* GCancellable can be "cancelled" more than once if g_cancellable_reset() is called. * Don't assume that because the "cancelled" signal fired it won't fire again. https://bugzilla.gnome.org/show_bug.cgi?id=680111
g_async_initable_real_init_finish() was previously handling all GSimpleAsyncResults, even if they weren't created by g_async_initable_real_init_async(), and libnm-glib accidentally relied on that behavior. So remove the g_simple_async_result_is_valid() check.
This are mistaken by g-ir-scanner as GVariantType's methods, because they take a GVariantType* as a first parameter. https://bugzilla.gnome.org/show_bug.cgi?id=679968
On Windows, GetEnvironmentVariable() returns 0 for empty variables. Checking GetLastError() == ERROR_ENVVAR_NOT_FOUND helps make a difference between a variable that does not exist or an empty one which should return "". https://bugzilla.gnome.org/show_bug.cgi?id=679617
With mingw, only gspawn-win32.c is compiled, but it is missing some new symbols. https://bugzilla.gnome.org/show_bug.cgi?id=679691
Make the documentation clear about this. https://bugzilla.gnome.org/show_bug.cgi?id=679671
Many (if not "almost all") programs that spawn other programs via g_spawn_sync() or the like simply want to check whether or not the child exited successfully, but doing so requires use of platform-specific functionality and there's actually a fair amount of boilerplate involved. This new API will help drain a *lot* of mostly duplicated code in GNOME, from gnome-session to gdm. And we can see that some bits even inside GLib were doing it wrong; for example checking the exit status on Unix, but ignoring it on Windows. https://bugzilla.gnome.org/show_bug.cgi?id=679691
Rather than doing a two step first-check-the-GAsyncResult-subtype-then- check-the-tag, add a GAsyncResult-level method so that you can do them both at once, simplifying the code for "short-circuit" async return values where the vmethod never gets called. https://bugzilla.gnome.org/show_bug.cgi?id=661767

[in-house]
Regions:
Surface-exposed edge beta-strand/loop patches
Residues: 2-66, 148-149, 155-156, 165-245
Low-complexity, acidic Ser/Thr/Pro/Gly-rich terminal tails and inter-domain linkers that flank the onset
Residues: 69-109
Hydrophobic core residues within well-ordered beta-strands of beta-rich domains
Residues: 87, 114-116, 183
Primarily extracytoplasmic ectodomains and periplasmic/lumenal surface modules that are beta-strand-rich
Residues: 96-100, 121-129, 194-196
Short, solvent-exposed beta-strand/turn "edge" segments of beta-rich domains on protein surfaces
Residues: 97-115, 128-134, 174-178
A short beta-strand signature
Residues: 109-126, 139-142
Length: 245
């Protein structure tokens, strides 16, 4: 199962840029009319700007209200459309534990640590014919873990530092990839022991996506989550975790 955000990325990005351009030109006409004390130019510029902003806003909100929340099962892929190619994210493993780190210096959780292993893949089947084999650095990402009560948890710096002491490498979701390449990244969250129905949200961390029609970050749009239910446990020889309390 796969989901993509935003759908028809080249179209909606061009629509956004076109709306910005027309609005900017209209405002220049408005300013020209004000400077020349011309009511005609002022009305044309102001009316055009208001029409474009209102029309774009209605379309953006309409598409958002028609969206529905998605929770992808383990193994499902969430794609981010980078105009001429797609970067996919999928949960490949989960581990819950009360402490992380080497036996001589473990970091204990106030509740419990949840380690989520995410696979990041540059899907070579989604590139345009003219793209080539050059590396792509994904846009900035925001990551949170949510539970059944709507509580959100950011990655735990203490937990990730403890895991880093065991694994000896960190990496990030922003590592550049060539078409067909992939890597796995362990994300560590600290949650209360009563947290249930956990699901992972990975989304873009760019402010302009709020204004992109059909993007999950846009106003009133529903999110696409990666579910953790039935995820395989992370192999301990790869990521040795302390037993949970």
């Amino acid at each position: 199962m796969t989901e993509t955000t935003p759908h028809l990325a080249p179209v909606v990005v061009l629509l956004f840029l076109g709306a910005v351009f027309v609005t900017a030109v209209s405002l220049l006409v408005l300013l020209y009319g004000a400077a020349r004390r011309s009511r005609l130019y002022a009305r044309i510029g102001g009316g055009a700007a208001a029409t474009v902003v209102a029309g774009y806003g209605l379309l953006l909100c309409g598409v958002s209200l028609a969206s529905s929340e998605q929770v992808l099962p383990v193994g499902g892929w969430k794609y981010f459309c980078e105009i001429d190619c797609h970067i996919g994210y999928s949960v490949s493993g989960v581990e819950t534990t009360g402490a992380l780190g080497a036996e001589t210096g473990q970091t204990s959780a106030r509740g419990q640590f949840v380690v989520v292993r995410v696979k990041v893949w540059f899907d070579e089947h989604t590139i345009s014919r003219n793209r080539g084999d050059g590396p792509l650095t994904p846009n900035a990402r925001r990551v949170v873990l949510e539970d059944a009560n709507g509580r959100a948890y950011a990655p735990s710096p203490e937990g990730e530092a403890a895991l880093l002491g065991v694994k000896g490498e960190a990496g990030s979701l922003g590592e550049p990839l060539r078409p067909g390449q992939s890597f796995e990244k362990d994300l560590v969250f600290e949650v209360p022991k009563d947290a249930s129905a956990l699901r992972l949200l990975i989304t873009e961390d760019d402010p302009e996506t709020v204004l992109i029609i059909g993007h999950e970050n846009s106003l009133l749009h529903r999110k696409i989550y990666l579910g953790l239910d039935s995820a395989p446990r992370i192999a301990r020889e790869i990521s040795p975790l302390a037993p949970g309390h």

Finish deprecating the "handle GSimpleAsyncResult errors in the wrapper function" idiom (and protect against future GSimpleAsyncResult deprecation warnings) by adding a "legacy" GAsyncResult method to do it in those classes/methods where it had been traditionally done. (This applies only to wrapper methods; in cases where an _async vmethod explicitly uses GSimpleAsyncResult, its corresponding _finish vmethod still uses g_simple_async_result_propagate_error.) https://bugzilla.gnome.org/show_bug.cgi?id=667375 https://bugzilla.gnome.org/show_bug.cgi?id=661767
Originally, the standard idiom with GSimpleAsyncResult was to handle all errors in the _finish wrapper function, so that vmethods only had to deal with successful results. But this means that chaining up to a parent _finish vmethod won't work correctly. Fix this by also checking for errors in all the relevant vmethods. (We have to redundantly check in both the vmethod and the wrapper to preserve compatibility.) https://bugzilla.gnome.org/show_bug.cgi?id=667375 https://bugzilla.gnome.org/show_bug.cgi?id=661767
The "mainloop_barrier" in copy_async_thread() is unnecessary, since the g_simple_async_result_complete_in_idle() will be queued after all of the g_io_scheduler_job_send_to_mainloop_async()s, and sources with the same priority will run in the order in which they were queued. https://bugzilla.gnome.org/show_bug.cgi?id=661767
String validation was done by checking if the string was valid utf8 and ensuring that the first non-utf8 character was the last character (ie: the nul terminator). No check was actually done to make sure that this byte actually contained a nul, however, so it was possible that you could have a string like "hello\xff" with length 6 that would correctly validate. Fix that, and test it.
* Document how to override interfaces already implemented in a base class, and also call those base class implementations from a derived reimplementation. * Don't recomend people use base_init() style functions to initialize interface signals and properties, use default_init() aka class_init() instead (as G_DEFINE_INTERFACE() uses). * The above solves the interface init called multiple times problem, so remove some needless naysaying about that. * Document default_init() in the interface initialization discussion * Linkify more stuff. * Remove some crud and typos https://bugzilla.gnome.org/show_bug.cgi?id=675504